• 1971 Alfa Romeo Montreal Coupe

This is the very ‘Dream Car’ first shown at the 1967 Montreal World’s Fair. It used nodes and power units from the Giulia Sprint GT and Giulia Ti. It was designed by Marcello Gandini. There were slots, rhythmically dissecting the B-pillar. This car was called “the incarnation of the ultimate human ability in the automotive industry.”

  • 1969 Iso Rivolta Lele Coupe

Another Gran Turismo coupe that debuted at the 1969 New York Auto Show. Gandini has a difficult task to reflect the character of a woman in the car… After all, the car was conceived as a Christmas present for Rachelle (Lele), the wife of the owner of the company Pierre Rivolta. That’s very sweet! It is not known to what extent the paradoxical design reflected the character of Lele Rivolta, but the stamped bar on the side of the body, repeating the contour of the windows is very impressive… Apparently, the lady was extraordinary!

  • Volvo from Bertone. Another coupe

The exhibition also featured a couple of Volvo cars. The Swedish company has traditionally hired Italian studios to create modifications to the coupe. Bertone provided both consulting services on the creation of product models and itself ‘fine-tuned’ coupes and long-wheelbase limousines.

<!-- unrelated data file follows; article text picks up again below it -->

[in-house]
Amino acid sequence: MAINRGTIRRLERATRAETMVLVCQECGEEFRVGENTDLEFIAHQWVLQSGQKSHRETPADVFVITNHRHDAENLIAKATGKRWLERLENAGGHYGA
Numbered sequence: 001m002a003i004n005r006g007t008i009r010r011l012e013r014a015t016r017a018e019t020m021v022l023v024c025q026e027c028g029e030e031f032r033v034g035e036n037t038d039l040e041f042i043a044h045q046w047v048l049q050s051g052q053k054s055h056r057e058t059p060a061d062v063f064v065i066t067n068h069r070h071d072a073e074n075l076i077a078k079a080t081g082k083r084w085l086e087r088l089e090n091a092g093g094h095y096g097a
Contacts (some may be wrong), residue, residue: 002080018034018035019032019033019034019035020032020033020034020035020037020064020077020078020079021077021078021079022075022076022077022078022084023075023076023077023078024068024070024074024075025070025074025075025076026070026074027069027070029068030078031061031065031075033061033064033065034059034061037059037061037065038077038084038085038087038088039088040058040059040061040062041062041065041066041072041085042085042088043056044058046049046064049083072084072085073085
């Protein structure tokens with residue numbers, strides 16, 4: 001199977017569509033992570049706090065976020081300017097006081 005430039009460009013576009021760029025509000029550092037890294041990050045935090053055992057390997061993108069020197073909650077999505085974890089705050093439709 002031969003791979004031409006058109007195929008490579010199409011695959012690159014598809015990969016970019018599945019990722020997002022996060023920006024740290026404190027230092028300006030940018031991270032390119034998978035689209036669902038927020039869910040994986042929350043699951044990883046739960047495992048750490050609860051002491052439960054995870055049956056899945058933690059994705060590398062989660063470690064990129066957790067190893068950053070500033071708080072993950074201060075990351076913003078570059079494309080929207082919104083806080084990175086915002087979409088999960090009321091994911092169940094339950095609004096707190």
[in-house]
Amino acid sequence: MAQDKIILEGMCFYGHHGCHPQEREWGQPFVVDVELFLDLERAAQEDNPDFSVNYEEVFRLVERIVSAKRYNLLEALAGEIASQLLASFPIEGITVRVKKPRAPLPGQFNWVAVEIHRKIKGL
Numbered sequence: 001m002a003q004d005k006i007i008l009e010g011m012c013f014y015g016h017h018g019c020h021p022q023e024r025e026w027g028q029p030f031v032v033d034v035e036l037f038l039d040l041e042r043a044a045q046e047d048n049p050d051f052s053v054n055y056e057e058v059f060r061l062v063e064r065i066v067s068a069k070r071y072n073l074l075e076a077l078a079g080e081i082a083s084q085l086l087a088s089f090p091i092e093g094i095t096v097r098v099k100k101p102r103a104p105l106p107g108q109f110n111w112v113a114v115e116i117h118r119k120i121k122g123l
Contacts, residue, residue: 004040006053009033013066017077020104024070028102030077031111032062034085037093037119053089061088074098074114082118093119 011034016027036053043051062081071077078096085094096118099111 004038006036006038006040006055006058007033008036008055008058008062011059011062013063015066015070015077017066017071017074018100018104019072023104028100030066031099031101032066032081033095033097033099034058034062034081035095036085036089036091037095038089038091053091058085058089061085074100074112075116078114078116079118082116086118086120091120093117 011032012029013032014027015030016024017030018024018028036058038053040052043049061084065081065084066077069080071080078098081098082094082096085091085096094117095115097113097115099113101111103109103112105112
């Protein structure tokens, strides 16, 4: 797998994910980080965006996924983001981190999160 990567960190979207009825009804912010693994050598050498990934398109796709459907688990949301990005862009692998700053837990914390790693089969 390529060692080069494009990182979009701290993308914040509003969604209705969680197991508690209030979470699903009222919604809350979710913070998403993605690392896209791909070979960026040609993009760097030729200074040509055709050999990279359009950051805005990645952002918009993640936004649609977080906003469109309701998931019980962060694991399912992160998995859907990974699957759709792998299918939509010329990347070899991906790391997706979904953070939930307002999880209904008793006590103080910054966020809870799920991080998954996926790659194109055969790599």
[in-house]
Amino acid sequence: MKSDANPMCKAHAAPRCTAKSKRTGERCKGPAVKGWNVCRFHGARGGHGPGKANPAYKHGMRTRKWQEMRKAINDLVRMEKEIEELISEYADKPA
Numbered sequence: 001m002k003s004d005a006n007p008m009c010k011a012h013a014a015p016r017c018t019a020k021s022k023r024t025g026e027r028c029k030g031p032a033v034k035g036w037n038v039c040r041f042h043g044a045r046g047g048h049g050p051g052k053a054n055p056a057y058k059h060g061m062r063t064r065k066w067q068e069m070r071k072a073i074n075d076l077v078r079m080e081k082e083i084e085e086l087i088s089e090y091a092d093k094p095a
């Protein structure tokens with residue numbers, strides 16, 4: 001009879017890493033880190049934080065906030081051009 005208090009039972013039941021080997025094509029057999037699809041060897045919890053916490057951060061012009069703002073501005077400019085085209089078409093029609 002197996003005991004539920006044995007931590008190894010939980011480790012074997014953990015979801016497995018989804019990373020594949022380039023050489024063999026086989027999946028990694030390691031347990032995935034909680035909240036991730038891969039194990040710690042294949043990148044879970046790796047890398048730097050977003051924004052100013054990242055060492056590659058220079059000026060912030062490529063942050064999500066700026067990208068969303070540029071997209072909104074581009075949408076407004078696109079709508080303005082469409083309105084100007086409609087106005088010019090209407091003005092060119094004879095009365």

The 1989 Volvo 780 Bertone coupe is probably the most luxurious model in the history of the Swedish brand. Volvo itself preferred to call it the ‘two-door touring sedan.’ The interior was distinguished by the highest quality of finishing: decorative sandwich panels were made of 11 layers of beech veneer and an outer layer was made of selected elm, at least 20 m² of first-class leather in two colors were used. In total, 8,518 units were built from 1985 to 1990.

That’s another coupe, the 1977 Volvo 262 °C. Volvo did not have its own production facilities for the production of a coupe, so unfinished models (subassemblies) came from Sweden to Turin in Italy, the Italians themselves shortened the body, installed a new roof, doors, and a wind frame. Until the summer of 1980, 6,622 of these coupes were built.

  • 1968 Innochente Lambretta Lui scooter
Bertone

Well, in order to ‘break the coupe monotony’, we were shown a cute funny scooter. The design was created by Gandini in 1968. He believed that this is what a vehicle for young people should look like in the new era. The exhibition featured the personal scooter of Nuccio Bertone’s daughter.